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November 1, 1991


The opinion of the court was delivered by: Leisure, District Judge.


The instant action arises out of the sale of limited partnership units in Jefferson Hotel Associates Limited Partnership ("Jefferson Hotel Partnership" or "Partnership"), a Connecticut limited partnership. The plaintiffs, Sarah Cohen and Leopold Cohen, investors in the Jefferson Hotel Partnership, bring this suit individually and on behalf of all others similarly situated. The defendants are Prudential-Bache Securities, Inc. ("Prudential Securities") and Prudential-Bache Properties, Inc. ("Prudential Properties"), both Delaware corporations; Sybedon Corporation ("Sybedon") and Wilrock Appraisal & Consulting, Inc. ("Wilrock"), both New York corporations; Laventhol & Horwath ("Laventhol"), a California partnership; National Union Insurance Company of Pittsburgh ("National Union"), a Pennsylvania corporation; and Edwin J. Glickman, Mitchell Davis and Betram Lewis, individual defendants. Plaintiffs assert federal claims under sections 12(2) of the Securities Act of 1933 ("Securities Act"), 15 U.S.C. § 771, Section 10(b) of the Securities Exchange Act of 1934 ("Exchange Act"), 15 U.S.C. § 78j(b), and Rule 10b-5 promulgated thereunder, 17 C.F.R. § 240.10b-5. They also assert pendent state law claims of common law fraud, negligent misrepresentation, breach of fiduciary duty and violation of the California Corporations Code.

Based on the Supreme Court's recent holdings in Lampf, Pleva, Lipkind, Prupis & Petigrow v. Gilbertson, ___ U.S. ___, 111 S.Ct. 2773, 115 L.Ed.2d 321 (1991), and James B. Beam Distilling Co. v. Georgia, ___ U.S. ___, 111 S.Ct. 2439, 115 L.Ed.2d 481 (1991), and subsequent cases applying these precedents, this Court is compelled to dismiss plaintiffs' securities fraud claims. Since this dismissal eliminates the federal jurisdictional basis, plaintiffs' pendent state law claims are also dismissed.


For the purposes of this motion, the Court assumes the truth of the facts alleged by plaintiffs in their Complaint. See O'Brien v. National Property Analysts Partners, 936 F.2d 674, 677 (2d Cir. 1991); DiVittorio v. Equidyne Extractive Indus., Inc., 822 F.2d 1242, 1247 (2d Cir. 1987).

Between September 1983 and March 1984, Prudential Securities sold 140 limited partnership units in the Jefferson Hotel Partnership to investors in 28 states. Complaint ¶ 106. Information about the partnership offering was disseminated, beginning in September 1983, via the Jefferson Hotel Partnership Private Placement Memorandum ("Placement Memo"), which stated that the goal of the Partnership was to raise $14 million, to "acquire, substantially rehabilitate and refurbish, own and lease a 275-room hotel located in Richmond, Virginia, to be known as the Jefferson Sheraton Hotel ("Jefferson Sheraton")." Placement Memo, at i.*fn1 The offering was exempt from SEC registration requirements under Regulation D, 17 C.F.R. §§ 230.501-.508, which is a safe harbor provision that applies to securities offerings to "accredited investors," having substantial net worth or income. Complaint ¶ 2. After opening in March 1986, the Jefferson Sheraton suffered losses for 43 consecutive months, and went into bankruptcy in October 1989. Complaint ¶ 111. The purchasers of partnership units appear to have suffered a total loss, leading to this action. Complaint ¶ 98.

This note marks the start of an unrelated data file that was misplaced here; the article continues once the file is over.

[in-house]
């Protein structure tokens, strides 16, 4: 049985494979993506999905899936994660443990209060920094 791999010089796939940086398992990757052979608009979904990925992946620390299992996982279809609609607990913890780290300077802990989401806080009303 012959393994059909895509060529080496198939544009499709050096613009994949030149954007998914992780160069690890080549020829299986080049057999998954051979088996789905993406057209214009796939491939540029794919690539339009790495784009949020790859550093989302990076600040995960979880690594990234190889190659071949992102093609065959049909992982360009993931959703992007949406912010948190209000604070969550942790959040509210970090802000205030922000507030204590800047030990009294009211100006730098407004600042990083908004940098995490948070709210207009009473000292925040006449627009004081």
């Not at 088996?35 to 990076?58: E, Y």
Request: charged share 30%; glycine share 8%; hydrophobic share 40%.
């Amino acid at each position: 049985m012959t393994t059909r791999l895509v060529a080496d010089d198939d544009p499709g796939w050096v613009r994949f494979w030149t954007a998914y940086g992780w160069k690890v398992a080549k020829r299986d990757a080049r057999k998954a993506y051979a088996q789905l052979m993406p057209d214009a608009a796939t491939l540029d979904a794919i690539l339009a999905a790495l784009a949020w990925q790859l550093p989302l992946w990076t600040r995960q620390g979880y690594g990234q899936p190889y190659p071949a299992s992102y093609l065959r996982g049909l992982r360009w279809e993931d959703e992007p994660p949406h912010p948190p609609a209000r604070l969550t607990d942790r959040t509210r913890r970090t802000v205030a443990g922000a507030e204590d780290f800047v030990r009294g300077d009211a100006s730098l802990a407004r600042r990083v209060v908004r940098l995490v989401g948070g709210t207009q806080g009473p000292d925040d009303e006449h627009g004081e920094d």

Plaintiffs claim that the sale of the Partnership securities was characterized by fraudulent conduct, alleging that:

  Through material omissions defendants fraudulently
  overstated the prospects for the Hotel's economic
  success and at the same time failed to disclose
  the severe financial straits into which the
  restoration project was falling. In so doing,
  defendants acted with the full knowledge of
  contemporaneous projections on the hotel and
  problems incurred by the developer which pointed
  toward the inevitable doom of the JHA investors
  [sic] interests. Unbeknownst to plaintiffs, the
  projections contained in the PPM were inflated;
  drafted to obscure the economics of the
  investment; and unreasonable under the

Complaint ¶ 100. Specifically, defendants allege that the following material facts were omitted from the offering memorandum:

  That the Hotel, when acquired by [the
  Partnership], was substantially deteriorated and
  that prior attempts to raise funds for the Hotel
  were unsuccessful due to the excessive cost of
  such renovation;
  Laventhol tailored the amount of the [offering
  memo] Jefferson Hotel income projections to meet
  [Prudential Securities'] and Sybedon's
  [Partnership] Unit marketing objectives. These
  projections were prepared to obscure the economics
  of the investment and not with an eye toward
  protecting investors;
  The Jefferson Hotel appraised value of $37 million
  included in the [offering memo] did not reflect
  the non-recourse nature of the Jefferson Hotel
  lease. Reflecting the non-recourse nature of the
  lease would have materially lowered the appraised
  value of the lease by substantially raising the
  discount rate by which the net present value of
  the Jefferson Hotel was determined;
  The Jefferson Hotel's renovation "cost per room"
  was approximately $116 thousand, which
  substantially, exceeded the renovation costs of
  similar hotels in the area; and
  The [offering memo] was drafted to obscure the
  economics of the investment; to disguise the
  primary wrong as described herein; and to deprive
  investors of the historical and current financial
  information concerning the expenses of the
  rehabilitation. It was not drafted for the
  ordinary investor or the sophisticated investor;
  it was ...

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